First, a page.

A Federal judge ruled that NYC cannot use “good moral character” and “good cause” as criteria to issue gun permits. U.S. District Judge John P. Cronan ruled that part of the City’s gun restrictions were unconstitutional.
Joseph Srour was denied a license to have rifles and shotguns in his home in 2019. The City’s restrictions called for the subjective “good moral character” and “good cause” to deny him his 2nd amendment rights. The City used his poor driving records, prior arrests, and a lie on the ATF form as claims that it was justified. But the portion of the form they used as a lie has since been changed.
LEGAL ALERT: A federal judge has struck down New York City's "good moral character" and "good cause" requirements for gun licenses, and stayed the decision until 10/26 so the state has time to consider appealing. https://t.co/kN63gxqnzo pic.twitter.com/C1V8c8Y8Iy
— Firearms Policy Coalition (@gunpolicy) October 24, 2023
Moral Character designation violates the Constitution and Bruen Supreme Court Ruling.
“Defendants have failed to show that the broad discretion afforded to licensing officials under subsections (a)(2) and (a)(9) of New York City Administrative Code Section 10-303, which imposes the permit requirement for rifles and shotguns, and the pre-amendment versions of Sections 3-03 and 5-10 of Title 38 of the RCNY, is consistent with the history and tradition of firearm regulation in this country. Each of these provisions allows for the denial of a firearm permit upon a City official’s determination of the applicant’s lack of “good moral character” or upon the official’s finding of “other good cause”—broad and unrestrained discretionary standards which Defendants have not shown to have Case 1:22-cv-00003-JPC Document 43 Filed 10/24/23 Page 2 of 48 3 any historical underpinning in our country. And because that unconstitutional exercise of discretion occurs every time a licensing official applies or has applied these provisions, they each are facially unconstitutional…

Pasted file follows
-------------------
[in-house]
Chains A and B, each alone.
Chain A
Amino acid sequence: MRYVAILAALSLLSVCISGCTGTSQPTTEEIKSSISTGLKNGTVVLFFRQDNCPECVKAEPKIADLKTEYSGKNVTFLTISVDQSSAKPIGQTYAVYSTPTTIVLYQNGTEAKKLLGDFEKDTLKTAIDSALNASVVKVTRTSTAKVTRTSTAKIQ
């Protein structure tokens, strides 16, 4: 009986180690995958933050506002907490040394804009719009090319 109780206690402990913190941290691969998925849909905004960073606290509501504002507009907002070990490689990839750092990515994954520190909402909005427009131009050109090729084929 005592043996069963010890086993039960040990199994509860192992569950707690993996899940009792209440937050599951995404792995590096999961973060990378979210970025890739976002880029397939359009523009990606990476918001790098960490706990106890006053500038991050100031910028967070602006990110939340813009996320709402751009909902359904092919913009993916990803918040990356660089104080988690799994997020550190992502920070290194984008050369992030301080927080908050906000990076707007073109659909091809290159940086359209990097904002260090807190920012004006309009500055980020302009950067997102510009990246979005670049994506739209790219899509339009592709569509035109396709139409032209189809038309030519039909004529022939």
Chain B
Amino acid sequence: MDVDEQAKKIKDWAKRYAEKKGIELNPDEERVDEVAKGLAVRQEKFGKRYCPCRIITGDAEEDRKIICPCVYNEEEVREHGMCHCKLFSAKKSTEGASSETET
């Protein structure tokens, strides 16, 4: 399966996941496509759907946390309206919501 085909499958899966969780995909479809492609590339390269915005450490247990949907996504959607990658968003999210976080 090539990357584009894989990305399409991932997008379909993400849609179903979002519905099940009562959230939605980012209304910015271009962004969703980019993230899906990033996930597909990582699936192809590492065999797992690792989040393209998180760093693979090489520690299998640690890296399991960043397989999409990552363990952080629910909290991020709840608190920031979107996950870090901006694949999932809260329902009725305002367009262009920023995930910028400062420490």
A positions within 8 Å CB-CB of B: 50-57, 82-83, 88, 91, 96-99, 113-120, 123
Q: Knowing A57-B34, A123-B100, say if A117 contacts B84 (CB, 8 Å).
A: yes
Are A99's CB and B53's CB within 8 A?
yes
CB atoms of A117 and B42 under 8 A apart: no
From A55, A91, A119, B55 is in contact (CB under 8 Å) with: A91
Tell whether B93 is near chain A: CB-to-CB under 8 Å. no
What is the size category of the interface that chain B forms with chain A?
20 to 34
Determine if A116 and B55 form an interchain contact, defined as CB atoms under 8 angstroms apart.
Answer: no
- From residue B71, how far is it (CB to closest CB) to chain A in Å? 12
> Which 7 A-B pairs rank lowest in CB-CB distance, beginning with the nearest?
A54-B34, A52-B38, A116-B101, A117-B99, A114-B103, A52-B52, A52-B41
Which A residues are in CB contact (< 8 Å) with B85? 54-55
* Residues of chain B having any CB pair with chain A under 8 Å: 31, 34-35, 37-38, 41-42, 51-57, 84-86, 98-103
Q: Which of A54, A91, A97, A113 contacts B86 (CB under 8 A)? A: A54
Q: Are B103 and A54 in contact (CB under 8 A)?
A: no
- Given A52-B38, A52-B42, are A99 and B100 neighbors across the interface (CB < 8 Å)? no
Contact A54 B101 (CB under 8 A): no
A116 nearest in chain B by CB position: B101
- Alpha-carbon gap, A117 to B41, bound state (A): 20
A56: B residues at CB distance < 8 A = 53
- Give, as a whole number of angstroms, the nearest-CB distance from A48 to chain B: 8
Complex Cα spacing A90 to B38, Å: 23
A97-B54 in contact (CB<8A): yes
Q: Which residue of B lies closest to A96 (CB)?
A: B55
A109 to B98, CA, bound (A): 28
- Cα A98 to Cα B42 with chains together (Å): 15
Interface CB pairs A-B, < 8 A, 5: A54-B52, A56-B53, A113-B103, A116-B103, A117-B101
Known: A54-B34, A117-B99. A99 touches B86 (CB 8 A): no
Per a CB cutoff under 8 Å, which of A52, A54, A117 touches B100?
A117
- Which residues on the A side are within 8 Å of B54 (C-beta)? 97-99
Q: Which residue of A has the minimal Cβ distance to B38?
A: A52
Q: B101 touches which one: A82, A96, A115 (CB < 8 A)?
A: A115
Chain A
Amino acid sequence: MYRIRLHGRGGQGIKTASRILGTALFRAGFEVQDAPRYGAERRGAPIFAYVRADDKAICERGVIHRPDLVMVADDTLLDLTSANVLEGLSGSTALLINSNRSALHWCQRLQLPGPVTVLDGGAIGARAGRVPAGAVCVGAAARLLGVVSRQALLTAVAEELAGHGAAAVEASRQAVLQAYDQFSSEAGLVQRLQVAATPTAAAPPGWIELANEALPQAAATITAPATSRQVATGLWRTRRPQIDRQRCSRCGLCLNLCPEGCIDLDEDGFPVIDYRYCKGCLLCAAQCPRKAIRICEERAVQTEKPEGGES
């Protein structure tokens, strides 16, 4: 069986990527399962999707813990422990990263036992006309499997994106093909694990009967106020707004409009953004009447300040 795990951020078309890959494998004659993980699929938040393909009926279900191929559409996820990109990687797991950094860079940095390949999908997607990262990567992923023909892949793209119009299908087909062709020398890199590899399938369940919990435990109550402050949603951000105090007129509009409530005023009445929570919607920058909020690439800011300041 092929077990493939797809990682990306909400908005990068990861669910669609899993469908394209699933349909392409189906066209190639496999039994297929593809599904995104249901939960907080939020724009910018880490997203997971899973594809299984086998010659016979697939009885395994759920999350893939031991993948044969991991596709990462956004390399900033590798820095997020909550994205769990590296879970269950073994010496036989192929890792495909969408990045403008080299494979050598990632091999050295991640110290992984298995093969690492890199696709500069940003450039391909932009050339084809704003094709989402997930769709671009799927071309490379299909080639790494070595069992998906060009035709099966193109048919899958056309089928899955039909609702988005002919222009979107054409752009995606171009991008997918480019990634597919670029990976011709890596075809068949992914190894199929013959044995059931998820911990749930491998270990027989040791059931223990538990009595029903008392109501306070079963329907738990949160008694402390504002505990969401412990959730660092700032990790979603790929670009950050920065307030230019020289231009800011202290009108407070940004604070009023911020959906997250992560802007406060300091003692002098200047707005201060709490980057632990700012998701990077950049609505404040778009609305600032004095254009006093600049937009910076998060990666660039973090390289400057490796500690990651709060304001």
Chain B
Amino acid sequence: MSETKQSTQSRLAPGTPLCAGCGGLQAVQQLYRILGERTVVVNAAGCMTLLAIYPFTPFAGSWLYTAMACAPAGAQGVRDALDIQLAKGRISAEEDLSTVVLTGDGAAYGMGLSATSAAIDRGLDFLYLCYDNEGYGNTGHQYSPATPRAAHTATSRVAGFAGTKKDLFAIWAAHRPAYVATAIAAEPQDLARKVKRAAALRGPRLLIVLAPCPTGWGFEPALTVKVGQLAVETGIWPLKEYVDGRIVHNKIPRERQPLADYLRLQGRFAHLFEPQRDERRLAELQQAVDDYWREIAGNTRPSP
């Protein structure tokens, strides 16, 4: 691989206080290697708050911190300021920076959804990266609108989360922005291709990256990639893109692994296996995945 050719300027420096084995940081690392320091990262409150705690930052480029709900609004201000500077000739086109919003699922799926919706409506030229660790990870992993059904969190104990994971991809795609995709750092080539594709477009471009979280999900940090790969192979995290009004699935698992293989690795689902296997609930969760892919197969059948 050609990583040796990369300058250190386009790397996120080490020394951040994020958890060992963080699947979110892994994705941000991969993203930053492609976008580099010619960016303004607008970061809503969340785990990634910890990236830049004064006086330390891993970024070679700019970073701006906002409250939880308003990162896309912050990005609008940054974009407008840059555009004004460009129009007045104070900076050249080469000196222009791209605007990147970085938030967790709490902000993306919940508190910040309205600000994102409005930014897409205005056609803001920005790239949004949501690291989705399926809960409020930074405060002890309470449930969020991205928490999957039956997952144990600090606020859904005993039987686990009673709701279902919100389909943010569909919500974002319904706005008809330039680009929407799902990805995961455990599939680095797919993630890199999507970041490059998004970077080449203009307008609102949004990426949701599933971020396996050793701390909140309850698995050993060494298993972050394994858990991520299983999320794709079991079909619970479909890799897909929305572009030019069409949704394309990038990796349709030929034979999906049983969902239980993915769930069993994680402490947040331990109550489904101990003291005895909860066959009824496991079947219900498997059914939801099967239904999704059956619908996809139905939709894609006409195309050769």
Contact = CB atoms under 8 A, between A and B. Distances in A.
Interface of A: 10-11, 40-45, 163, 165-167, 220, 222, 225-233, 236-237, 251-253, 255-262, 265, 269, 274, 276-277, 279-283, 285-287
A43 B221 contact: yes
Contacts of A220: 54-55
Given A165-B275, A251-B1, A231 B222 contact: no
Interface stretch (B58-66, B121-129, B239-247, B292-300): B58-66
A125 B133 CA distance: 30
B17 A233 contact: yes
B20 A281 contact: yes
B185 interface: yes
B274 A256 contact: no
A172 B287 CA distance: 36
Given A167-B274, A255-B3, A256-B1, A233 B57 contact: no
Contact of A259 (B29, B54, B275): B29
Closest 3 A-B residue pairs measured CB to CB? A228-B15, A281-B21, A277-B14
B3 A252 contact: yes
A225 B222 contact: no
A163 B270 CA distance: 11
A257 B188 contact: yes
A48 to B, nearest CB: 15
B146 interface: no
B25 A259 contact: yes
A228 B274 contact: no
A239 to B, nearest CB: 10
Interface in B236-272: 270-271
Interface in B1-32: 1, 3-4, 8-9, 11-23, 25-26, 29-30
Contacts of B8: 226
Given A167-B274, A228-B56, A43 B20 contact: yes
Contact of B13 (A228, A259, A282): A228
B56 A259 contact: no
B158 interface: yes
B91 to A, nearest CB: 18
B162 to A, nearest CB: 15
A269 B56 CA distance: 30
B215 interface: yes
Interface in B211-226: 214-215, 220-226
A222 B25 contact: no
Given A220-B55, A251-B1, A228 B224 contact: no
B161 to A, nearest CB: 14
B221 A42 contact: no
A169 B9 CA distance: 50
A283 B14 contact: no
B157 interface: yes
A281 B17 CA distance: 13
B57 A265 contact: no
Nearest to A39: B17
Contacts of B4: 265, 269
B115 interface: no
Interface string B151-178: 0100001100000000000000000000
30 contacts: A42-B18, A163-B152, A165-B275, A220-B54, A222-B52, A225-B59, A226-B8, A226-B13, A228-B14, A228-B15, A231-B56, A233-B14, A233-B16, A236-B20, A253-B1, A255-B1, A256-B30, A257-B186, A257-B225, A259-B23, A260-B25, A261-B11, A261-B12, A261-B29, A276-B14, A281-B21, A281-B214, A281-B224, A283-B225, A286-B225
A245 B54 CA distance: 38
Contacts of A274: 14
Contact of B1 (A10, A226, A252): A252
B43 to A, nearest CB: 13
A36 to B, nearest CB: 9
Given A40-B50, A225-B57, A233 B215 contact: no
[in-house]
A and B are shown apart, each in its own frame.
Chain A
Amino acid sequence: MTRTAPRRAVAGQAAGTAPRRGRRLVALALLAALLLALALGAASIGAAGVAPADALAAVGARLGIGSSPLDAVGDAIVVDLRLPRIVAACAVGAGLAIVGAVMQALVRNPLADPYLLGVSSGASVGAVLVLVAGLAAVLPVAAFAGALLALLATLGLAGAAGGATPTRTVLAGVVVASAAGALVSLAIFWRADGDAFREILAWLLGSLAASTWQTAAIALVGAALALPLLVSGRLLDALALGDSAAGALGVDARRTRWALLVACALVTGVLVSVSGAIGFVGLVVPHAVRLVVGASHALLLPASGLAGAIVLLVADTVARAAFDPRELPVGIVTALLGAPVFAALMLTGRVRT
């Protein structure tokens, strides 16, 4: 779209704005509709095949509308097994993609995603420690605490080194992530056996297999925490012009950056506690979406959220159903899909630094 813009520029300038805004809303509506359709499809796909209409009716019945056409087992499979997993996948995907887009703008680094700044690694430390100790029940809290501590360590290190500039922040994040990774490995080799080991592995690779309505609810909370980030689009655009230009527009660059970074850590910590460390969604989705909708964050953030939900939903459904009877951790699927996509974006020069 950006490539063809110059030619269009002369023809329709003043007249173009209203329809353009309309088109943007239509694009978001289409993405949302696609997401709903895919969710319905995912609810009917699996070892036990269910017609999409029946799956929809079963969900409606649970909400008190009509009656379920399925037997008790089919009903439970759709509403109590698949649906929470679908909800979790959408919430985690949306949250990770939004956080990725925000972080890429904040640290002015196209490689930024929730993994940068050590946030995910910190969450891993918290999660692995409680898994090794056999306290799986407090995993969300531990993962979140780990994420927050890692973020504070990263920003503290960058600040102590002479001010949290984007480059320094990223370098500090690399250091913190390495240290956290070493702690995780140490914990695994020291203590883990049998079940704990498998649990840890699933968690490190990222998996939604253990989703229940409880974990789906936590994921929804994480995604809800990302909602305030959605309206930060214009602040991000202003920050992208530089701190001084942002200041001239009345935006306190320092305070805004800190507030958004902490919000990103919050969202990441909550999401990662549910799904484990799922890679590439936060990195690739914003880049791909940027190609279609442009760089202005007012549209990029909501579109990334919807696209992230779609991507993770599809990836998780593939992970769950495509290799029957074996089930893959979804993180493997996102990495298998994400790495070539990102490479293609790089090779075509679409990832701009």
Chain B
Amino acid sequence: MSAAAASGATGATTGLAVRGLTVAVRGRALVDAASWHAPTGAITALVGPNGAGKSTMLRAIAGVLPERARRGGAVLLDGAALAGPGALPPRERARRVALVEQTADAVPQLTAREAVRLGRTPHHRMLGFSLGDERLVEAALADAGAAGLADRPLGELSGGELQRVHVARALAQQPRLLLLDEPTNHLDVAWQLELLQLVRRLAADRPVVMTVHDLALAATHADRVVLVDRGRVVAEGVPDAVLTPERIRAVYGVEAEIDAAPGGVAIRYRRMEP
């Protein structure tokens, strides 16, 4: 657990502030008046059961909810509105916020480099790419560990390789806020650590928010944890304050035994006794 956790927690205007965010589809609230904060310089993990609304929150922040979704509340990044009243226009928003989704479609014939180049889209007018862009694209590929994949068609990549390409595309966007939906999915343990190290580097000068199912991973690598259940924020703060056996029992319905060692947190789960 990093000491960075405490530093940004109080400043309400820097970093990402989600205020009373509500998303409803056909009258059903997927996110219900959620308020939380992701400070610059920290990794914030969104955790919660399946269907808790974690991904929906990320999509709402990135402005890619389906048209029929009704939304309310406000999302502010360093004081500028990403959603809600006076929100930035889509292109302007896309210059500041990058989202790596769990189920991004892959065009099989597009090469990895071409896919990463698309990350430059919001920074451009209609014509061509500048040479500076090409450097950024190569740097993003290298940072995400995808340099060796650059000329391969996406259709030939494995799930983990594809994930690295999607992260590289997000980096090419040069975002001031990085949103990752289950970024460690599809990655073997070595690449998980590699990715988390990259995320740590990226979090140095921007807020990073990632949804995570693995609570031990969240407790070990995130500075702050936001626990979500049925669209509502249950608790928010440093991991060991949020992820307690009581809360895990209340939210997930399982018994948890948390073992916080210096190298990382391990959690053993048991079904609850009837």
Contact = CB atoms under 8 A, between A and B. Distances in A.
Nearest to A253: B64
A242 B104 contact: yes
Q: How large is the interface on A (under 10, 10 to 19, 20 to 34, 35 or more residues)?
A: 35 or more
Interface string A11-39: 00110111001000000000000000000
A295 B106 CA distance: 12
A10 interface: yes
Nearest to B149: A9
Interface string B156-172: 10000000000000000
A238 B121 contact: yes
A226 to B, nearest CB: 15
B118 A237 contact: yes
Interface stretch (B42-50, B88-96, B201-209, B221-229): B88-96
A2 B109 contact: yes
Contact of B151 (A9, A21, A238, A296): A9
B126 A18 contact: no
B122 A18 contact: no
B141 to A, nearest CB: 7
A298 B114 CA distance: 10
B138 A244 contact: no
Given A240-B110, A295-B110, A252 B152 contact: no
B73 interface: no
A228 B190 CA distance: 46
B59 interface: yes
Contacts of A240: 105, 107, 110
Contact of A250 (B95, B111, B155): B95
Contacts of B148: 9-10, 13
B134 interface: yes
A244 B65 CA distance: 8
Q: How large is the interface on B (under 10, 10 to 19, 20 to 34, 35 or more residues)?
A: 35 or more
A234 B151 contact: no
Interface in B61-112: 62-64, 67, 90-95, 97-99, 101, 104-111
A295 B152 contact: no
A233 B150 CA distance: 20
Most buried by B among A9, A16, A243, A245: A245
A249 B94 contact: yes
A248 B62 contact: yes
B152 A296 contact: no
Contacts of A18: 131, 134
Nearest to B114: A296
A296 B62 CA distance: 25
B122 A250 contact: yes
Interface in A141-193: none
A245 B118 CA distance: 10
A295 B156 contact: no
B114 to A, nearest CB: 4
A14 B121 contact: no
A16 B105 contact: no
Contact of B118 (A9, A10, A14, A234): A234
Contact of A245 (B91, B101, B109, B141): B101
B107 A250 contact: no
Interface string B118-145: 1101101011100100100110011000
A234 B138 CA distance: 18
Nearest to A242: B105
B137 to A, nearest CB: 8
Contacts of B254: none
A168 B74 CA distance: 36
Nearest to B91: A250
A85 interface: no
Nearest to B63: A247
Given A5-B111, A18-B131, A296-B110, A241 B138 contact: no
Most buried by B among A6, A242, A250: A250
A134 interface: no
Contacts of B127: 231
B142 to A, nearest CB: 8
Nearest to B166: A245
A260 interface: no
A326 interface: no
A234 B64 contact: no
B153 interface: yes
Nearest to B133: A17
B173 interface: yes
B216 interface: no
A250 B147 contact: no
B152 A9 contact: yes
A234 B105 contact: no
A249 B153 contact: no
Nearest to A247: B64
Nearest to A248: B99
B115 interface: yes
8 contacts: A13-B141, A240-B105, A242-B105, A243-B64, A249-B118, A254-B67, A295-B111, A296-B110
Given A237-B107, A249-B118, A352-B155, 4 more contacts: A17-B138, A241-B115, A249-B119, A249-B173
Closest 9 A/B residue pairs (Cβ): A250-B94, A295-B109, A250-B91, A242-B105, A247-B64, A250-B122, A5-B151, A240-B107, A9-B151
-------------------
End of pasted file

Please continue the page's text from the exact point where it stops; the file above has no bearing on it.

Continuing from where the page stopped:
The constitutional infirmities identified herein lie not in the City’s decision to impose requirements for the possession of handguns, rifles, and shotguns. Rather, the provisions fail to pass constitutional muster because of the magnitude of discretion afforded to City officials in denying an individual their constitutional right to keep and bear firearms, and because of Defendants’ failure to show that such unabridged discretion has any grounding in our Nation’s historical tradition of firearm regulation.” Excerpt from Judge Cronan’s ruling
The Bruen decision required a historical tradition of firearm regulation. The regulation in NYC was far too broad and subjective, leaving any semblance of a historical tradition out of the question. The Judge gave the City until October 26 to appeal the decision.
Cross-Posted with Conservativ4 Firing Line